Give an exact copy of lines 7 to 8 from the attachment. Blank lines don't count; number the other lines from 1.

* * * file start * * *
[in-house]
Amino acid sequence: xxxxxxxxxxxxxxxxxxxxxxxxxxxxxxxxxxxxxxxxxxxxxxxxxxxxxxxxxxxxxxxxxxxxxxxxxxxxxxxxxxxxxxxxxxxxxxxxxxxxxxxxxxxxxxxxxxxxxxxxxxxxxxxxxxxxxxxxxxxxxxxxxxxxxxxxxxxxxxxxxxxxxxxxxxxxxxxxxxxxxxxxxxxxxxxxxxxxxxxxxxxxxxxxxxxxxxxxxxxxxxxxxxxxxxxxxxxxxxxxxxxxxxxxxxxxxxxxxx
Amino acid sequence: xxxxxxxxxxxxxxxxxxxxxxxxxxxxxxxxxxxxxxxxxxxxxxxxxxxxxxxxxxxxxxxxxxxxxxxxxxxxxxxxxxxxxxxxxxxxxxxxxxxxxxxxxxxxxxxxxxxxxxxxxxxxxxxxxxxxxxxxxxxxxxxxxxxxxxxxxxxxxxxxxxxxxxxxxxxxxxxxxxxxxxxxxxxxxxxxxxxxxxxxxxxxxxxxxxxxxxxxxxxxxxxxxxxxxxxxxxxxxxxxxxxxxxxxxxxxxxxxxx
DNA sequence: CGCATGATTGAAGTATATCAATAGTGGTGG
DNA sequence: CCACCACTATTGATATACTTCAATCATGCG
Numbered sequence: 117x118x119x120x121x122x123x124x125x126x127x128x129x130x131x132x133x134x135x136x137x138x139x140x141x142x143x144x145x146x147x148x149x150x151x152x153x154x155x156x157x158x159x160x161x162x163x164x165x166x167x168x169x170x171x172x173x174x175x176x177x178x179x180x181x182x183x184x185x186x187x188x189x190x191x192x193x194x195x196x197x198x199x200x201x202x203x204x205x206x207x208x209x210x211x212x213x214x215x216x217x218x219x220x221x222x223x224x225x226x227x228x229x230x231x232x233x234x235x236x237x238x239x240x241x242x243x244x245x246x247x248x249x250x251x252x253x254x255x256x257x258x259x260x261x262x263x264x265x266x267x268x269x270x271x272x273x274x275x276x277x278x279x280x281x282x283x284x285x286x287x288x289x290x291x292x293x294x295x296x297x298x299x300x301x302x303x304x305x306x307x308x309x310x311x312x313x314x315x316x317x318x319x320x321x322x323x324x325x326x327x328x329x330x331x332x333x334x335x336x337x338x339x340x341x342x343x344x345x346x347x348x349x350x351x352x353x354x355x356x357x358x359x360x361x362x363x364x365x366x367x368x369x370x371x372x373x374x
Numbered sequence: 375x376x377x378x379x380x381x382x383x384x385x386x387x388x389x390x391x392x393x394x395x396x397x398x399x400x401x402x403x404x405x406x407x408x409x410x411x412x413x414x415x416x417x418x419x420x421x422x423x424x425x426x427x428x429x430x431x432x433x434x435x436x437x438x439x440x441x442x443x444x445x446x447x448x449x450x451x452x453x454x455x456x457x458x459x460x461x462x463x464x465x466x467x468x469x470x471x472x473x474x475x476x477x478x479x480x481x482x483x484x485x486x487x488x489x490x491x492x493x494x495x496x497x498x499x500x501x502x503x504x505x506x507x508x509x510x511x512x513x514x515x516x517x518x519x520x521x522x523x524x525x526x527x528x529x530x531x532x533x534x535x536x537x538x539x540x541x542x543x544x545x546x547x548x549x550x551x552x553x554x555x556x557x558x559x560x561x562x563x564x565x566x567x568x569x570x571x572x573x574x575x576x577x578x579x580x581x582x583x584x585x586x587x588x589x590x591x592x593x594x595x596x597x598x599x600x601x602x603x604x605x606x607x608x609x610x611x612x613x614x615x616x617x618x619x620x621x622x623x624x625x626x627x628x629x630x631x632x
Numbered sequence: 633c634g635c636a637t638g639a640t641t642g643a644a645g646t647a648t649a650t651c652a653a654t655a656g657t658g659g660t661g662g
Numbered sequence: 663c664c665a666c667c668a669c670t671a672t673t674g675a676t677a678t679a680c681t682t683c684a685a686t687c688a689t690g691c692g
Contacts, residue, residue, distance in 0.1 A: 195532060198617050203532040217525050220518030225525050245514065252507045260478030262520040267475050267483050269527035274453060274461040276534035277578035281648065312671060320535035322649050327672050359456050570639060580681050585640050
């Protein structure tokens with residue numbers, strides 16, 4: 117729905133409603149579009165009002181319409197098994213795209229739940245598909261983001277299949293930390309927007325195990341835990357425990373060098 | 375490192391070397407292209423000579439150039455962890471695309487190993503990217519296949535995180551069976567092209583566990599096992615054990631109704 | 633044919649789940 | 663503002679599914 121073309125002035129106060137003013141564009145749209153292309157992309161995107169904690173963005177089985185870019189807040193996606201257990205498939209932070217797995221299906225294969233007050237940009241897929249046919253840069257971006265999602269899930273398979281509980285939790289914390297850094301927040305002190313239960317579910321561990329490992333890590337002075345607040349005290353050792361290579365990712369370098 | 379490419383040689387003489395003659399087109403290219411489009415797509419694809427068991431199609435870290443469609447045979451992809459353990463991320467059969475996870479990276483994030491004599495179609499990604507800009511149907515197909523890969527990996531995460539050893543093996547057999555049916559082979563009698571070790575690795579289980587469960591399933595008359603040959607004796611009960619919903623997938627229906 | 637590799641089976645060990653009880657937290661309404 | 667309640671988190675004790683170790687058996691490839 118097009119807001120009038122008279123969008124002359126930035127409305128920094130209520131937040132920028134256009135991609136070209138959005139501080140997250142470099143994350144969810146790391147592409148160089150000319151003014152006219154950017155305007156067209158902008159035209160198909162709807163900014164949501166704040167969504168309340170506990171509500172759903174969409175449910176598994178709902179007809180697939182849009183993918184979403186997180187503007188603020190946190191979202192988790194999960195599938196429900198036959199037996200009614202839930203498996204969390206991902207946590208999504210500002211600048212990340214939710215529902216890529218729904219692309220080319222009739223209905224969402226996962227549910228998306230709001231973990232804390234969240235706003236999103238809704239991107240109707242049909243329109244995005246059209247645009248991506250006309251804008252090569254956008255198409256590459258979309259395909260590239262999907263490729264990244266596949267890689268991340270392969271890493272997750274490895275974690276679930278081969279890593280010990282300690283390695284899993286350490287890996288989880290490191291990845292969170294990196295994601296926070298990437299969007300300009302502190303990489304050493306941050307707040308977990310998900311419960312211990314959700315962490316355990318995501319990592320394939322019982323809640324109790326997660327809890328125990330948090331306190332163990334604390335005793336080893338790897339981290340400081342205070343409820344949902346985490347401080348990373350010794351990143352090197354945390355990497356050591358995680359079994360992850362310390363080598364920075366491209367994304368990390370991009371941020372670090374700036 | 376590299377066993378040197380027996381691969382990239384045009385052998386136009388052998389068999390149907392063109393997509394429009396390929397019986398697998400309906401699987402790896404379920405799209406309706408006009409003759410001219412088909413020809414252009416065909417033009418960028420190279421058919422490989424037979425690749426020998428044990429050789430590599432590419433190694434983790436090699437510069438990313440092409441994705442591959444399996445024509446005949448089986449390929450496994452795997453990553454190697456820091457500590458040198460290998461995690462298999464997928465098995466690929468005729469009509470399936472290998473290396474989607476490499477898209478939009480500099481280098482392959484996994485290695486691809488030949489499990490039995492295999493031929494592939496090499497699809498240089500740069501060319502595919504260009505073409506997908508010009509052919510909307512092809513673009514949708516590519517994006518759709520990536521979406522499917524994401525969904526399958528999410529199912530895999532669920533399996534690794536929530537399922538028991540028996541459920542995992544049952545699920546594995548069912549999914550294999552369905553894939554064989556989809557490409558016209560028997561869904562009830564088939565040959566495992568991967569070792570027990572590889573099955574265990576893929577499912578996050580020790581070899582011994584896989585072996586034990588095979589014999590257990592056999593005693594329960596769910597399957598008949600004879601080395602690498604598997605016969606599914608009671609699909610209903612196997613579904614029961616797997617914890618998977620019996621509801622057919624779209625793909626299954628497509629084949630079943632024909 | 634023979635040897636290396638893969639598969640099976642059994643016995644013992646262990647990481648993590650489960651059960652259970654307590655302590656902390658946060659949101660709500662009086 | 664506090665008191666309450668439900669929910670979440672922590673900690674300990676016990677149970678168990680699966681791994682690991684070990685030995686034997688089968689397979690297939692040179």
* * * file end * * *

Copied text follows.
Numbered sequence: 375x376x377x378x379x380x381x382x383x384x385x386x387x388x389x390x391x392x393x394x395x396x397x398x399x400x401x402x403x404x405x406x407x408x409x410x411x412x413x414x415x416x417x418x419x420x421x422x423x424x425x426x427x428x429x430x431x432x433x434x435x436x437x438x439x440x441x442x443x444x445x446x447x448x449x450x451x452x453x454x455x456x457x458x459x460x461x462x463x464x465x466x467x468x469x470x471x472x473x474x475x476x477x478x479x480x481x482x483x484x485x486x487x488x489x490x491x492x493x494x495x496x497x498x499x500x501x502x503x504x505x506x507x508x509x510x511x512x513x514x515x516x517x518x519x520x521x522x523x524x525x526x527x528x529x530x531x532x533x534x535x536x537x538x539x540x541x542x543x544x545x546x547x548x549x550x551x552x553x554x555x556x557x558x559x560x561x562x563x564x565x566x567x568x569x570x571x572x573x574x575x576x577x578x579x580x581x582x583x584x585x586x587x588x589x590x591x592x593x594x595x596x597x598x599x600x601x602x603x604x605x606x607x608x609x610x611x612x613x614x615x616x617x618x619x620x621x622x623x624x625x626x627x628x629x630x631x632x
Numbered sequence: 633c634g635c636a637t638g639a640t641t642g643a644a645g646t647a648t649a650t651c652a653a654t655a656g657t658g659g660t661g662g